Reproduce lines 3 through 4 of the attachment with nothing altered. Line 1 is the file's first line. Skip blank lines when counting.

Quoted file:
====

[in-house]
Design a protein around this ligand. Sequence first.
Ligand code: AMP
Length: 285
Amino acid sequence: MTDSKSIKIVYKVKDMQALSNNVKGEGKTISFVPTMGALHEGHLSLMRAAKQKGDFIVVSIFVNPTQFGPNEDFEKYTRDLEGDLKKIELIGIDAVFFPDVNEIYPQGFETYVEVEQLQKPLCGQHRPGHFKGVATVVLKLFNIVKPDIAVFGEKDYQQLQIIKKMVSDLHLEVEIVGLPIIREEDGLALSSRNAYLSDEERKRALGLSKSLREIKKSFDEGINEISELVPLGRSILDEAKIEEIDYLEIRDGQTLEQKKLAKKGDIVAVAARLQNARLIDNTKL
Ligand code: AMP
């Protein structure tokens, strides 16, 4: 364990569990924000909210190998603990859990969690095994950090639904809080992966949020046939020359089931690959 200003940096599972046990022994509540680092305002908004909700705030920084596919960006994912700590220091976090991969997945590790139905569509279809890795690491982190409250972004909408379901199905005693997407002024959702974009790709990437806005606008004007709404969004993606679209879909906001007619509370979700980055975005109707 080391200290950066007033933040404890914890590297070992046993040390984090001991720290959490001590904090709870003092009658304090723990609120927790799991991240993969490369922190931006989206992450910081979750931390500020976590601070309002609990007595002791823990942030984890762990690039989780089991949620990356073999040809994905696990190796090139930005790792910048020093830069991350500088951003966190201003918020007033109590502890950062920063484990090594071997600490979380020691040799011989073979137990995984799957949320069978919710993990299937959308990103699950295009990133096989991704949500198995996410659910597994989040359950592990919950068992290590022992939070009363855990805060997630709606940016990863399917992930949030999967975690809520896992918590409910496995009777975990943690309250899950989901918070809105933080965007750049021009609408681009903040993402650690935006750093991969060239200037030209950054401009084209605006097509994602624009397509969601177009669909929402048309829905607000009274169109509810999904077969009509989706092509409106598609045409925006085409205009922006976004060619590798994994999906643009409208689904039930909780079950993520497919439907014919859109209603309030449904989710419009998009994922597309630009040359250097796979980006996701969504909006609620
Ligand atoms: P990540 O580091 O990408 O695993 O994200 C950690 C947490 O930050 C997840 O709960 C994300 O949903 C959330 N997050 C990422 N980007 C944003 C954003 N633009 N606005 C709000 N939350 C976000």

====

Ligand code: AMP
Length: 285